The source of the position taken by the third parties is the Supreme Court
of Canada decision in Giffels Associates Ltd. v. Eastern Construction Co.,
, 2 S.C.R. 1346, which reviewed a similar situation. In its reasons,
Chief Justice Laskin (at page 1355) assumed where a plaintiff chose to sue
only one of two contractors that each had a separate contract with the plaintiff after the plaintiff suffers damages from concurrent breaches of those
contracts, it would be inequitable for that one contractor to bear the entire
brunt of the plaintiff’s loss. However, the court accepted that it was open to
one of the contractors to protect itself from liability by a term in its contact
and, as a result, the other contractor could not assert a right which would go
behind that agreement and force the protected contractor to share in compensating the plaintiff for its losses.
 The motion judge also recognized a more recent acknowl-
edgment of the legal principles which stem from Giffels in R. v.
Imperial Tobacco Canada Ltd.,  3 S.C.R. 45,  S.C.J.
No. 42, at para. 29, where McLachlin C.J.C. stated:
I agree with Canada and the Court of Appeal that a third party may only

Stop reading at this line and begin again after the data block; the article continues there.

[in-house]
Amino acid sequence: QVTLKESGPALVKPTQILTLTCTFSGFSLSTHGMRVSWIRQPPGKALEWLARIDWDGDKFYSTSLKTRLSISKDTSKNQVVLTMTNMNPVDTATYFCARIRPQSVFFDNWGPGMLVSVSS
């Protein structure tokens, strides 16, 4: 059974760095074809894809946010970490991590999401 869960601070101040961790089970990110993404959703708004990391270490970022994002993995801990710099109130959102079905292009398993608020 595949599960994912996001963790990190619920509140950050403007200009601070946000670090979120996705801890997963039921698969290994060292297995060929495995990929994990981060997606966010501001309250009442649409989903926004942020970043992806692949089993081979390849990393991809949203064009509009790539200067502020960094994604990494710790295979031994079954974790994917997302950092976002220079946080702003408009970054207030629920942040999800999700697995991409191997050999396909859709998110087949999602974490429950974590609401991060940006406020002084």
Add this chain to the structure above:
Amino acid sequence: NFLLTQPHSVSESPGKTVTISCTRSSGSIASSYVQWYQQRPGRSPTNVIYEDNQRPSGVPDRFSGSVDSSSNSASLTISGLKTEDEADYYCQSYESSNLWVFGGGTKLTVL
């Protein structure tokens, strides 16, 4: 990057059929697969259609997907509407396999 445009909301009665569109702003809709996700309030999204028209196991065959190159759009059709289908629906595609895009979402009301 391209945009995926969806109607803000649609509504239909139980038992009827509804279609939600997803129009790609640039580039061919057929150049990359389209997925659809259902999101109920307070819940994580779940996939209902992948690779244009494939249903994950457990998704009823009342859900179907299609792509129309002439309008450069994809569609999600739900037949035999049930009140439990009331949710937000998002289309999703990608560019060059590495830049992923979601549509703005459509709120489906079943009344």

be liable for contribution under the Negligence Act if it is directly liable to
 The respondent in these proceedings has acknowledged
that the plaintiff’s claim against the appellants is barred by the
limitation period in the architecture agreement.
 The Court of Appeal in Waterloo specifically states, at
para. 30, that the conclusions of the Court of Appeal in HSBC
Securities (Canada) Inc. v. Davies, Ward & Beck (2005), 74 O.R.
(3d) 295,  O.J. No. 277, 2005 CanLII 1626 (C.A.) were not
applicable to the determination in Waterloo.
 This is significant in my view given the very clear statements of the Court of Appeal in paras. 47 and 48 of HSBC,
where Lane J. (ad hoc) confirms that the law in Giffels continues
to apply where the limitation period at issue is contractual. It is
also acknowledged in HSBC that s. 8 of the Negligence Act only
protects contribution claims from the expiry of statutory limitation periods. It is this distinction in my view that suggests that
the Court of Appeal’s decision in Waterloo did not change the law
 While the motion judge states, at para. 11, that Feldman
J.A. chose not to follow the principle set out in Giffels in considering the matter of HSBC, I do not agree. In Waterloo, Feldman
J.A. specifically sets out her understanding of the rationale
behind s. 18 of the Limitations Act when she stated [at para. 27]:
In my view, to the extent that the legislature intended to change the law
that has been in place since 1948 regarding the requirements for bringing a
claim for contribution and indemnity, it did so specifically by changing the
limitation period (from one year to two years) and the commencement date
from which it runs (from the date of the plaintiff’s judgment against a
particular tortfeasor to the date when the plaintiff’s claim was served on